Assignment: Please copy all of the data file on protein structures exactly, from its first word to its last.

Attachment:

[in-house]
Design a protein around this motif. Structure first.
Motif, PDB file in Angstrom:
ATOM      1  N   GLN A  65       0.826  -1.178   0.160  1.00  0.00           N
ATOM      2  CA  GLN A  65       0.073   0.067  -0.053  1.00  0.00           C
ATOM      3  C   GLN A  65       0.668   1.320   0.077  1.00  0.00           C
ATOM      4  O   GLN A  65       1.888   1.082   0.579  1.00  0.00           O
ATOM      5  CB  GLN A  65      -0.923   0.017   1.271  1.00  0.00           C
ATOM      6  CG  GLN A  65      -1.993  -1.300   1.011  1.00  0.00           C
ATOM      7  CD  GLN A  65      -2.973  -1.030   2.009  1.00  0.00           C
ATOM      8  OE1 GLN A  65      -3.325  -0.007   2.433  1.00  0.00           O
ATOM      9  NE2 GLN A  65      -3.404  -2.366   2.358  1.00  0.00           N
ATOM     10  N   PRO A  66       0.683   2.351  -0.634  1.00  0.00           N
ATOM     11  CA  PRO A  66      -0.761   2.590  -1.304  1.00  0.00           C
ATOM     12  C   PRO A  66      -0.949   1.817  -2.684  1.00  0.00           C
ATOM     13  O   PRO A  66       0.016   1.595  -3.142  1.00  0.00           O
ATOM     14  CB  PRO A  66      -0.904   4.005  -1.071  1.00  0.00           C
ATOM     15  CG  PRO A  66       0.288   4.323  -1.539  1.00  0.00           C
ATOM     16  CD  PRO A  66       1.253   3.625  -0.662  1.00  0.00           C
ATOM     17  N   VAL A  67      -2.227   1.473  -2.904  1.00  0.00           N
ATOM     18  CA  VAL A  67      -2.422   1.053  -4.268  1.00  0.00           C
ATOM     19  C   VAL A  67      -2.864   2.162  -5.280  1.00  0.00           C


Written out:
[in-house]
Design a protein around this motif. Structure first.
Motif, PDB file in Angstrom:
ATOM      1  N   GLN A  65       0.826  -1.178   0.160  1.00  0.00           N
ATOM      2  CA  GLN A  65       0.073   0.067  -0.053  1.00  0.00           C
ATOM      3  C   GLN A  65       0.668   1.320   0.077  1.00  0.00           C
ATOM      4  O   GLN A  65       1.888   1.082   0.579  1.00  0.00           O
ATOM      5  CB  GLN A  65      -0.923   0.017   1.271  1.00  0.00           C
ATOM      6  CG  GLN A  65      -1.993  -1.300   1.011  1.00  0.00           C
ATOM      7  CD  GLN A  65      -2.973  -1.030   2.009  1.00  0.00           C
ATOM      8  OE1 GLN A  65      -3.325  -0.007   2.433  1.00  0.00           O
ATOM      9  NE2 GLN A  65      -3.404  -2.366   2.358  1.00  0.00           N
ATOM     10  N   PRO A  66       0.683   2.351  -0.634  1.00  0.00           N
ATOM     11  CA  PRO A  66      -0.761   2.590  -1.304  1.00  0.00           C
ATOM     12  C   PRO A  66      -0.949   1.817  -2.684  1.00  0.00           C
ATOM     13  O   PRO A  66       0.016   1.595  -3.142  1.00  0.00           O
ATOM     14  CB  PRO A  66      -0.904   4.005  -1.071  1.00  0.00           C
ATOM     15  CG  PRO A  66       0.288   4.323  -1.539  1.00  0.00           C
ATOM     16  CD  PRO A  66       1.253   3.625  -0.662  1.00  0.00           C
ATOM     17  N   VAL A  67      -2.227   1.473  -2.904  1.00  0.00           N
ATOM     18  CA  VAL A  67      -2.422   1.053  -4.268  1.00  0.00           C
ATOM     19  C   VAL A  67      -2.864   2.162  -5.280  1.00  0.00           C